On a rainy Tuesday morning, September 6, Orlando YAYA members Juan Barredo and Katie Gillett joined the Coalition of Immokalee Workers (CIW) and allies for the last leg of their 200-mile bike trip from Immokalee to Publix corporate headquarters in Lakeland, FL.
The purpose of the pilgrimage was to personally invite Publix supermarket CEO Ed Crenshaw to visit Immokalee and learn firsthand about the Campaign for Fair Food. Through supporting this campaign, Publix would agree to pay farm workers one penny more per pound of tomatoes picked, an sign onto a code of conduct for better working conditions in the fields. Despite public pressure, they have so far refused to sign on.
In Lakeland, we met up with the CIW and friends, unloaded our bikes and began the bike ride (about 8 miles) to the headquarters.
We arrived to a cheering crowd of 50+ people. Chairs were set up in front of the pond in front of the headquarters building, and we participated in a vigil led by the CIW along with different supporters and activists from around the state: Tampa Bay Fair Food members, students from USF and New College (wearing “Unsatisfied Publix Customer” T-shirts), and faith-based activists and Publix shoppers from Gainesville and Tallahassee all attended.
We all participated in a traditional Mayan ceremony, taking a handful of pine needles and tossing them into the pond while sending our thoughts to Publix and its CEO, Ed Crenshaw (to clarify: Publix is not a Mayan tradition).
Following the ceremony, members of the CIW attempted to meet with Mr. Crenshaw, while the rest of us sang, led by Allison, minister of the Unitarian Universalist Church of Fort Myers and waited for an answer to the invitation to Immokalee.
Unfortunately, we were disappointed when Publix, rather than agreeing to meet with the coalition, simply sent out a public relations representative who said he would pass on our message.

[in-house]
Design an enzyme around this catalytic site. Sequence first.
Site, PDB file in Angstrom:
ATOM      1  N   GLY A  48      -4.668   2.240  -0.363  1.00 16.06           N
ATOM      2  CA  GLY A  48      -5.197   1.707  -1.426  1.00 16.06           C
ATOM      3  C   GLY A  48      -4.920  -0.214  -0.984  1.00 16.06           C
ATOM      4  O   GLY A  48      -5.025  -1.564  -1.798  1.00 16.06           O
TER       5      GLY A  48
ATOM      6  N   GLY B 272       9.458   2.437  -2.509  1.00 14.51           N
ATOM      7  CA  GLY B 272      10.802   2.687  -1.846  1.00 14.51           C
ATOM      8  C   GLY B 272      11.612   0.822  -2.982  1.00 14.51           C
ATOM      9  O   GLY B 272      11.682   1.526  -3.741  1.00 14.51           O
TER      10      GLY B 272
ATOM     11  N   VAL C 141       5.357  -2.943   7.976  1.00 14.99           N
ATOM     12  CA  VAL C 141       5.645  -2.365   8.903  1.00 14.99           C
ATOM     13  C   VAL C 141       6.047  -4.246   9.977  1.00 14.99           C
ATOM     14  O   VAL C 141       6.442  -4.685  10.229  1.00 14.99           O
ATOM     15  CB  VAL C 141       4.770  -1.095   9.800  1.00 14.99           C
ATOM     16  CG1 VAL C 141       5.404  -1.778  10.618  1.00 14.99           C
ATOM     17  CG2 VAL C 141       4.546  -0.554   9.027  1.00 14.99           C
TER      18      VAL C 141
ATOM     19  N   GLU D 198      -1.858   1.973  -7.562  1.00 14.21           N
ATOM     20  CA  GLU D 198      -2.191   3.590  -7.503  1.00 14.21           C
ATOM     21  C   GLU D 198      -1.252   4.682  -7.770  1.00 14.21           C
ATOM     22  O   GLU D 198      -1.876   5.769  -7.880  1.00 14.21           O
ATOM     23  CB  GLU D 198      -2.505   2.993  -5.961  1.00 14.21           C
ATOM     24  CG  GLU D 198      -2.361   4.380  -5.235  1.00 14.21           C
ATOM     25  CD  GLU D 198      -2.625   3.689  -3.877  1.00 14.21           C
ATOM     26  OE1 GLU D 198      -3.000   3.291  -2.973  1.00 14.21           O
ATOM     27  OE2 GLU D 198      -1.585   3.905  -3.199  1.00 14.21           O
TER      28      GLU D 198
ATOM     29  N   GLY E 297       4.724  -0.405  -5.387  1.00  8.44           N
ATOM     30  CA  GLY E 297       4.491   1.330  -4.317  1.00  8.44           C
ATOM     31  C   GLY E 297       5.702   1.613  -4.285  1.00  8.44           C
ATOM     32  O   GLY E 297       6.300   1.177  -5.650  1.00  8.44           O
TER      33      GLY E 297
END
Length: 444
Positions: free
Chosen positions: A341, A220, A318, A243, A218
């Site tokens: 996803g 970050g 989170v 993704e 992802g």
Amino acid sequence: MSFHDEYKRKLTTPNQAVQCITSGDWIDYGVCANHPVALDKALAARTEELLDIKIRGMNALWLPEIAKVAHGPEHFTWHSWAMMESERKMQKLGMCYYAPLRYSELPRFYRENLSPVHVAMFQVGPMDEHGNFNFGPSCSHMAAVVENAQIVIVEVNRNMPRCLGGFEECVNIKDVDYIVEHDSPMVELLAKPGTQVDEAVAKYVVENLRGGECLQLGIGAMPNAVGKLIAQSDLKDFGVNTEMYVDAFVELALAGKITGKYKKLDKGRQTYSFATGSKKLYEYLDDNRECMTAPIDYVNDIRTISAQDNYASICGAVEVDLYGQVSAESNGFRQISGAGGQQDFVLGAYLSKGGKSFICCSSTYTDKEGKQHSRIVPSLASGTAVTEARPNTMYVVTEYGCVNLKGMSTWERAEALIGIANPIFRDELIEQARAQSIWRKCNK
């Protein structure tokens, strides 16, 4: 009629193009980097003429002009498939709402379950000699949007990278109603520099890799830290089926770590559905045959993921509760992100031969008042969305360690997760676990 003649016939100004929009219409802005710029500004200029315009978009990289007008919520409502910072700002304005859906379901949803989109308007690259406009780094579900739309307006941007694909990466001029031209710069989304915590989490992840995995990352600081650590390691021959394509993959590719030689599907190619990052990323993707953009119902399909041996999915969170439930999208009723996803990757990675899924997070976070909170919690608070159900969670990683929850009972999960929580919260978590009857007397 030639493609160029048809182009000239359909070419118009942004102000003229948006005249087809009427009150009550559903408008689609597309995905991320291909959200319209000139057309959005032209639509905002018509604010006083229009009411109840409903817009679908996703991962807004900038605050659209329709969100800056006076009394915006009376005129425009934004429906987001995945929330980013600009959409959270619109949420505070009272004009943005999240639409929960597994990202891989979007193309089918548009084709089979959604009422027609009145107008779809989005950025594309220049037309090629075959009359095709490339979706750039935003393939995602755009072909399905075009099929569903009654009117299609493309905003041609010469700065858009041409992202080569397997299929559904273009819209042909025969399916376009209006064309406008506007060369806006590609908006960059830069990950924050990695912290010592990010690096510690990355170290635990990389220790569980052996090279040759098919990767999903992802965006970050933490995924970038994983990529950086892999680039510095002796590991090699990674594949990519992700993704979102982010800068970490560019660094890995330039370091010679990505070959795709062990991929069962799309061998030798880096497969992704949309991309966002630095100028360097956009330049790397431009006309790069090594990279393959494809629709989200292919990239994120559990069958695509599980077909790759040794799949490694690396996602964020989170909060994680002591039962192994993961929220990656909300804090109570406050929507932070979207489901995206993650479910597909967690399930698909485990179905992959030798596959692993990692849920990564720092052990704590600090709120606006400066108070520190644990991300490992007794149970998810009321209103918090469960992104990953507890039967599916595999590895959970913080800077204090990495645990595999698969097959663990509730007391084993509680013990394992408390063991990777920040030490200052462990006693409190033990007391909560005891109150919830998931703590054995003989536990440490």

After so many attempts to ask Publix to sign on to the Fair Food agreement, and after the CIW had biked for 200 miles to appear in Lakeland in person, this dismissal of the farm workers’ request left us feeling disgruntled but not disillusioned. We will continue to put pressure on Publix to be accountable for injustice in its supply chain.
One question we continue to be baffled by: How can Publix source fair trade coffee from other countries, but refuse to sign on to a fair food agreement authored by workers in its own backyard?
This trip was important to YAYA because it offered a way to spread our organization’s name and mission, specially since we met a few people that had not heard of us before, we were surprised at this since we were, after all, at a CIW rally; the CIW being an organization that we have worked numerous times with before. This trip was also important because the fair food campaign that is headed by the CIW is one that directly ties to our organization’s needs: to support farmworkers improving the working and living conditions in their communities.
Riding my bicycle in Lakeland for the purpose of helping farmworkers improve their living and working conditions made me feel gratified, not only for the fact that it fulfilled YAYA’s organizational role but it also fulfilled my need to appreciate myself through the thoughtful act of riding a bicycle.
-Juan Barredo Jr. and Katie Gillett, Orlando YAYA
(Photos courtesy of Katie Gillett)